For most of my adult life, I took beautiful lingerie for granted. It was simply there when I wanted it. I never considered what it “meant” to me. That all changed in the summer of 2017 when I learned I had the aggressive form of Triple Negative Breast Cancer (TNBC).
Sadly and ironically, my sister-in-law had been diagnosed with the same only 8 months earlier. Her treatment plan began with a mastectomy. Because I’d nursed women who’d undergone this radical and body-changing surgery, my heart went out to her. So I was especially grateful that I only needed a lumpectomy, chemotherapy, and radiotherapy to get rid of my cancer.
Despite complications, I was grateful that I hadn’t lost my breast! I focused on adjusting to life after cancer and got myself in shape through training and completing a half marathon. That wasn’t a long-lived spell at all.
On New Year’s Eve 2018, another sizable lump was poking out of the scar line on my right breast (this was a carbon copy of my first diagnosis). Terrified, I couldn’t wait to get to the breast care center for investigations. Despite all the reassurance that it was probably scar tissue, TNBC was diagnosed again. Only this time it was much more aggressive and twice as big.
How did I feel and what were my thoughts: GET RID OF THIS DISEASE-RIDDEN-BREAST! This time the tumor was painful, so it was hard to sleep.
Because my previous chemo had been pretty ineffective, my mind was tortured with what-ifs (which made it even harder to sleep).
I wanted freedom free this threat. I was desperate for my mastectomy–the first part of my second cancer treatment plan.
For many reasons, it was decided that no reconstruction could be performed. I’d simply be left flat and sent to see the prosthetics nurse. Was this a conversation? No, not really. I was simply told.
But for me, being left flat was more of an unfortunate life-saving consequence like I got the “boobie” prize (pardon the pun!). Even now as I write this, I breathe a huge sigh of relief.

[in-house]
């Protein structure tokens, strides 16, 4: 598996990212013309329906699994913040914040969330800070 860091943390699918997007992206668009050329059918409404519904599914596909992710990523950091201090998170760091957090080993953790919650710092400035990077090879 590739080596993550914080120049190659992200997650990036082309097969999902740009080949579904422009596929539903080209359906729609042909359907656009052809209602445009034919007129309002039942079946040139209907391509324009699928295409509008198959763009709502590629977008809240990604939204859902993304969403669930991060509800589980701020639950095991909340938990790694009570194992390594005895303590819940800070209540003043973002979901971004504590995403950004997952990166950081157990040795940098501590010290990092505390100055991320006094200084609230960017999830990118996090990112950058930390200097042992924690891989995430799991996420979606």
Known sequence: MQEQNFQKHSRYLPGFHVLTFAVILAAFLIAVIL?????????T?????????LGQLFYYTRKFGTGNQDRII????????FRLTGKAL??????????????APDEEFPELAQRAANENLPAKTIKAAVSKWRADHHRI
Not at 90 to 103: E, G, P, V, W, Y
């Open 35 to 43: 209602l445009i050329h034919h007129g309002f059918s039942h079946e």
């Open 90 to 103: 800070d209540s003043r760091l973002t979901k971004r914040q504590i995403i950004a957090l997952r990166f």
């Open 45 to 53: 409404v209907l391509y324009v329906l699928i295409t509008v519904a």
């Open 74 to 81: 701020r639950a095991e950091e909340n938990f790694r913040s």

When I woke up after surgery, I felt relief that the cancer boob was gone and the pain had stopped. I felt even more relief with the knowledge that my life wasn’t in as much danger.
Looking down upon my body was a different thing–I avoided it.
Thankfully, my daughter collected me from the hospital and as she helped me dress, her expression was so caring, loving, compassionate, and accepting. (These memories still make me tearful.)
She told me it’d be ok to look. I glanced down at the bandages. A mixture of relief, numbness and horror is probably what I felt if I’m honest.
For 12 months I tried to accept my one-breasted body. Instead, I felt:
- Unattractive when undressed
- Sorry for my husband whenever we were intimate (He didn’t do anything to make me feel this way. It was all in my head.)
- Like my confidence was on the floor
- My mind was overflowing with the awful things that happened over the last two years
- My body struggling with the after effects of two courses of chemo and the post-menopausal state into which I’d been thrust.